The Realities of Horse Racing, Part One

An introduction to our Off-Track Thoroughbred residents and why we don't support the horse racing industry



Prior to our involvement in horses and equine rescue, we were like many people in that we hadn't given much thought to horse racing or what the life of a racing horse might be like. Although we were certainly aware of major equestrian sporting events such as the Kentucky Derby, people always talk about race horses in terms of their athleticism, majesty and presence - we never heard about the downside of the track. Adopting our first Off-Track Thoroughbred (OTTB) opened our eyes to the realities of racing and made it clear that we needed to be a voice for these animals.


"If you really care about animals, then stop trying to figure out how to exploit them 'compassionately,' just stop exploiting them." -Gary L. Francione

Mario's Revenge


In terms of the horse world, I am a late-blooming equestrian. As a child, I attended sporadic horse camps and trail rides but I was no means a "rider." It wasn't until I was in my mid-thirties that I was searching for a hobby to call my own and to provide me with an outlet outside of working and mom-ing that I discovered horseback riding, ironically after my youngest son suggested we take a guided trail ride for my birthday. I signed up for lessons at a local riding facility and I was so nervous for the first session that I nearly turned around the car before arriving to the barn. Despite my nerves, it only took one lesson before I was hooked. Horses were for me. As a passionate animal lover, I knew instantly that I would one day own a horse: their sentience, their personalities, their smell - I loved it all. Being a beginner made this totally impractical so I continued to take regular lessons and helped out around the riding barn whenever I could. Once I gained enough experience to realistically entertain having my own horse, I enlisted the barn owner to help me find the right equine partner. (Sidebar: if you are a beginner looking for your own horse, I STRONGLY suggest getting an equine professional to aid in your search. I literally could not have found the right horse were it not for the support of my instructor.) She knew that I did not want to simply purchase a horse. We would need to find a rescue who was beginner-safe and easy enough to handle so that even my family could participate in grooming and ground training.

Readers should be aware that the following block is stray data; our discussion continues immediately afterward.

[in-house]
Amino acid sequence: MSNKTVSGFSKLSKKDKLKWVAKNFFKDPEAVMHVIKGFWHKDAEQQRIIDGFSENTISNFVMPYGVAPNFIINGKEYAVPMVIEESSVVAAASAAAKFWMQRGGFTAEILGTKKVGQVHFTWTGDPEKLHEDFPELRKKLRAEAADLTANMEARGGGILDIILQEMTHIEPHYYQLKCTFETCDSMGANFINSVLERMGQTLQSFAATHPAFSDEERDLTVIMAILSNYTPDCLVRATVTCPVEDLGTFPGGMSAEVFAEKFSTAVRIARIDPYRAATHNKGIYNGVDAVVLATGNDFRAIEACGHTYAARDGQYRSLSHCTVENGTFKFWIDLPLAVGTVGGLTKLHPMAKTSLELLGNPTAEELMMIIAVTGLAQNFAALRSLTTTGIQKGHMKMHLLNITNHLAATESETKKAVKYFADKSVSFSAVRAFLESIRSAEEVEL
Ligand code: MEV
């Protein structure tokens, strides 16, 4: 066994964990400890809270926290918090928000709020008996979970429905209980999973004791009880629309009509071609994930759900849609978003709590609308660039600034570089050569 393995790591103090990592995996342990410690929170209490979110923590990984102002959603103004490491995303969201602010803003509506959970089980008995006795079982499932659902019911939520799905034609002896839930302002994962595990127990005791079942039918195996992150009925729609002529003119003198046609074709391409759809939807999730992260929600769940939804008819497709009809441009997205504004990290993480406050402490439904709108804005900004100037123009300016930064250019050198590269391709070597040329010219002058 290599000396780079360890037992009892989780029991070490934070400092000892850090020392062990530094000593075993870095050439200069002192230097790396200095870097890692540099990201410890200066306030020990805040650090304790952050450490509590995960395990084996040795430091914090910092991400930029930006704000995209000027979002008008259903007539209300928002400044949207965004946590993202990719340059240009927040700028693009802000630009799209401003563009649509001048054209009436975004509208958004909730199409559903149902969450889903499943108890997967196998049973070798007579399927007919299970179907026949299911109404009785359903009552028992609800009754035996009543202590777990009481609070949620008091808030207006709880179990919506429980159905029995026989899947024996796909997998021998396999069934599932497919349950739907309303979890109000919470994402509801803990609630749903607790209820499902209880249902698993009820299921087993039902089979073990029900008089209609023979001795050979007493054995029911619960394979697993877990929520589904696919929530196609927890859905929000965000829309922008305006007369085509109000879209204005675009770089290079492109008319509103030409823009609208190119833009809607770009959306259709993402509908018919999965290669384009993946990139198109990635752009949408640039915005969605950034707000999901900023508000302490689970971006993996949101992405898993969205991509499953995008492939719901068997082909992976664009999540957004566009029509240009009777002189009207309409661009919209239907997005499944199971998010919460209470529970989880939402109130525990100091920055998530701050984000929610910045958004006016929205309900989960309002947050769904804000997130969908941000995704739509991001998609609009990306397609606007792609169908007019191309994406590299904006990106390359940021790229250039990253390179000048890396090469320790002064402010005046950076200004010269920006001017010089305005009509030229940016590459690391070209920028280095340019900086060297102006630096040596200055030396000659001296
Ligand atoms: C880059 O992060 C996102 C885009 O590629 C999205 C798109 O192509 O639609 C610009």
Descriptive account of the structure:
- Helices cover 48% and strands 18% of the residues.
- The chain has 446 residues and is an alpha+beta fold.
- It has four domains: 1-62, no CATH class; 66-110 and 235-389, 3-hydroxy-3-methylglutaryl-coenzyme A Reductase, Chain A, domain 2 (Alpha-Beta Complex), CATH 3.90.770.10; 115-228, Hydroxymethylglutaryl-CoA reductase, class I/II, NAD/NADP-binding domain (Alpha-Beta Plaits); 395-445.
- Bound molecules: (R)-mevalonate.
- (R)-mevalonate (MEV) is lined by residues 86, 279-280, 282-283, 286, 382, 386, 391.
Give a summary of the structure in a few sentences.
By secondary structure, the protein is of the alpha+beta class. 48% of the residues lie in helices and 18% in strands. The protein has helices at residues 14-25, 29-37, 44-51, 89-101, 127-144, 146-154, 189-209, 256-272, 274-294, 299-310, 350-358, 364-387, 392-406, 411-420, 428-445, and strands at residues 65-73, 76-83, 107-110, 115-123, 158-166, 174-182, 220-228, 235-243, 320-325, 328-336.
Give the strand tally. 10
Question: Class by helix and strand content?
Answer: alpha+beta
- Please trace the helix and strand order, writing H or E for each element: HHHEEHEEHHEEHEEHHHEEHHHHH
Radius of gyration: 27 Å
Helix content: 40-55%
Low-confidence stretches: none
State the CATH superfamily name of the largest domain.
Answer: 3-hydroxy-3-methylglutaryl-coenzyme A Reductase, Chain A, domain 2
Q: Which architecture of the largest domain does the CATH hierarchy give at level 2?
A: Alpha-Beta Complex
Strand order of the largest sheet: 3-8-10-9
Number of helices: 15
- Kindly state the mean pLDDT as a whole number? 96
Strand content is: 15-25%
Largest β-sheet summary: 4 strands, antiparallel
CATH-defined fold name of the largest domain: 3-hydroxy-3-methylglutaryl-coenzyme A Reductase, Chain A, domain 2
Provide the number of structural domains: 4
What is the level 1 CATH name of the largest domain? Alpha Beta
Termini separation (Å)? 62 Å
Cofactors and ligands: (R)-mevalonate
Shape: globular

After meeting a few horses that were not the right match, another rider at the barn suggested we take a drive out to a nearby equestrian center which ran a certified off-track rehabilitation and adoption program for retired race horses. They had a young Thoroughbred gelding for adoption named Mario's Revenge and he sounded like he could match up with what I was looking for. My husband and I took the short drive out to meet Mario on a cold Sunday afternoon and I experienced literal "love at first sight." Mario was a 16.1h dark bay gelding with the most gorgeous mane and tail I had ever seen. The adoption facility told us that they called him "Fabio" because he was such a ridiculously handsome horse. But he wasn't just looks: he had the goofy, outgoing personality that I was looking for. Mario was only 6 years old but had been retired from racing after suffering a tendon injury. The adoption program had successfully rehabbed his injuries and he was now cleared for riding. We made plans to transfer Mario to my lesson barn the following week.